Some time in the summer of 1973, or possibly 1974, I was surprised to be awoken from my slumbers late one night by my mother, who, in a surprising and highly unprecedented gesture, invited my little brother and me to get up and watch a TV programme of which I’d never heard, called M*A*S*H. I loved it, and watched it whenever it was shown after that.
Some twelve years later, after the series had finally come to an end, the BBC started a long run of M*A*S*H repeats from the very first episode. I recorded as many of them as I could, onto VHS tapes.
Eventually I had a large collection of VHS recordings of M*A*S*H. I kept them for many years; until the series was released on DVD in fact, two or three years ago. But I never watched them. Somehow, even after I had every single episode on DVD, the mood to watch one of them just never took me.
It vaguely bothered me for years that I could never get round to watching this programme I loved so much as a young person. And it irritated me especially that for about 20 years a large stash of video recordings had taken up space in my various homes, never to be watched.
Well, in February this year, I finally mustered the resolve to watch them. I decided that I would watch every single episode, in sequential order, in 2008. I started my M*A*S*H marathon at the end of February with the pilot episode, originally broadcast in 1972, with the intention of sitting down some time on or before December 31st to watch the final episode, Goodbye, Farewell and Amen, first shown in 1983.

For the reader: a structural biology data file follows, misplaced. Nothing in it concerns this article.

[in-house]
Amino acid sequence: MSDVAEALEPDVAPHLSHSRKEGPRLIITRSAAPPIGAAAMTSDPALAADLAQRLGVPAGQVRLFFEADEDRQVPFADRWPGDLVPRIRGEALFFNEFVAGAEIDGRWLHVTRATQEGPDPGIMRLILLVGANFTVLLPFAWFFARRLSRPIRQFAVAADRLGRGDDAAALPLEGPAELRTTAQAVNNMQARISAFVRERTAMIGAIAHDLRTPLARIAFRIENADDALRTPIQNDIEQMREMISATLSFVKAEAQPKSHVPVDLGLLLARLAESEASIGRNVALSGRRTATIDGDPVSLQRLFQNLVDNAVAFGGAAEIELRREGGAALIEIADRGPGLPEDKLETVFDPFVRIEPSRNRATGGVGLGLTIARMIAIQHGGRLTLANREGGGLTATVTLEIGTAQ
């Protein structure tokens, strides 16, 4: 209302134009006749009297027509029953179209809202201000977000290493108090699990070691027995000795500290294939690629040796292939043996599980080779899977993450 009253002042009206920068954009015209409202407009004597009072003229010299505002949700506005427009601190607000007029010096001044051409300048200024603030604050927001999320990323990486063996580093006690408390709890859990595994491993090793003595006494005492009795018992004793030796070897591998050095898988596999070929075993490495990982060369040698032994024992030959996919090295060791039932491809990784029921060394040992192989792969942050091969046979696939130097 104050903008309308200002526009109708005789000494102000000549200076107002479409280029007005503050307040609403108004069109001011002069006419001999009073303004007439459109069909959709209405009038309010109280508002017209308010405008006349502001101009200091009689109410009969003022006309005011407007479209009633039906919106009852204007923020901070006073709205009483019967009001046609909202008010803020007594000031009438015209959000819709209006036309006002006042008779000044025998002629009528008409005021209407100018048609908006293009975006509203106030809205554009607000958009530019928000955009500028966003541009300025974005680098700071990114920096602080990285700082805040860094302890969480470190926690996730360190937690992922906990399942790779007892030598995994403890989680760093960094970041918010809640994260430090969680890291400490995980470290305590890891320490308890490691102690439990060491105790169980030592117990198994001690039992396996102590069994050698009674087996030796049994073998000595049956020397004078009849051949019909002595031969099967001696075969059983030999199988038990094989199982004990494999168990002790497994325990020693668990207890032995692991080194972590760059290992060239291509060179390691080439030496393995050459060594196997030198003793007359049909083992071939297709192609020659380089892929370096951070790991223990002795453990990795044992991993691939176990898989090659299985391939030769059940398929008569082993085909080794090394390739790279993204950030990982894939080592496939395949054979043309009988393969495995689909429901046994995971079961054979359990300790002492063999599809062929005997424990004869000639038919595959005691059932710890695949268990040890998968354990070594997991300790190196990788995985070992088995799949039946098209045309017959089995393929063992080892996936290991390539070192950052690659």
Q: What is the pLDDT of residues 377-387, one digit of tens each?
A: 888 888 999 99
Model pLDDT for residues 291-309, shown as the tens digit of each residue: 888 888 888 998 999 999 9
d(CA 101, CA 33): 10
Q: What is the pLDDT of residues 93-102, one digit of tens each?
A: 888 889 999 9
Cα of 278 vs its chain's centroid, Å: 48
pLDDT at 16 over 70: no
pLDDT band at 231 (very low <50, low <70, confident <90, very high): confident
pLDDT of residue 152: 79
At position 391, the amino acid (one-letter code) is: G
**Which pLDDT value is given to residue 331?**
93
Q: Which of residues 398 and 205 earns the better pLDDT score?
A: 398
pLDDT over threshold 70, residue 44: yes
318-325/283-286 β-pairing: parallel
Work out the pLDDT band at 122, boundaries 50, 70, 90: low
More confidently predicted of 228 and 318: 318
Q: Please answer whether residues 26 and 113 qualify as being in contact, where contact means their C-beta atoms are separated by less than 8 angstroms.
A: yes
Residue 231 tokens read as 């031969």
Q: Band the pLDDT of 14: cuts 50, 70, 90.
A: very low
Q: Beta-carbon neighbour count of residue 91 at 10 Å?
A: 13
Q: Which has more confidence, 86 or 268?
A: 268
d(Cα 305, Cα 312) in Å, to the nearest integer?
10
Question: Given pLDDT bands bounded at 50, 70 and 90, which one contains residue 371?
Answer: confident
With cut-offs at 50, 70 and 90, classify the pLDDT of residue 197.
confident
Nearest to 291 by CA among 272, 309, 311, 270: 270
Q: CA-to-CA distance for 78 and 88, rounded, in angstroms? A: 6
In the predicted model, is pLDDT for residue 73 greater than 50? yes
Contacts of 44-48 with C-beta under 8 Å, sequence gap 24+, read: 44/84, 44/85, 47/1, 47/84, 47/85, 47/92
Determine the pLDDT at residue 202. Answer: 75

In fact, my journey came to an end tonight. I have watched every one of the two-hundred and fifty-one episodes of M*A*S*H in the last eighty-two days; an average of three per day. There hasn’t been a single day in that time when I haven’t seen at least one episode. On most days I have watched two or three, and on some days I have watched four or five. I have watched M*A*S*H on the train to and from work on my Nokia handheld, I have watched M*A*S*H on my computer at work at lunchtime, I have watched M*A*S*H on the TV in my bedroom and in my living room. The Korean War lasted eleven years for TV viewers in the 1970s and early 1980s. It lasted three years in reality, but for me it lasted twelve intense weeks. I honestly had tears in my eyes when the joyous news came tonight that the war was at an end.
Incidentally I discovered a few days after starting my epic journey through M*A*S*H that I had commenced it twenty-five years to the day after the series came to an end. Goodbye, Farewell and Amen was broadcast originally on February 28th 1983, to a record US television audience.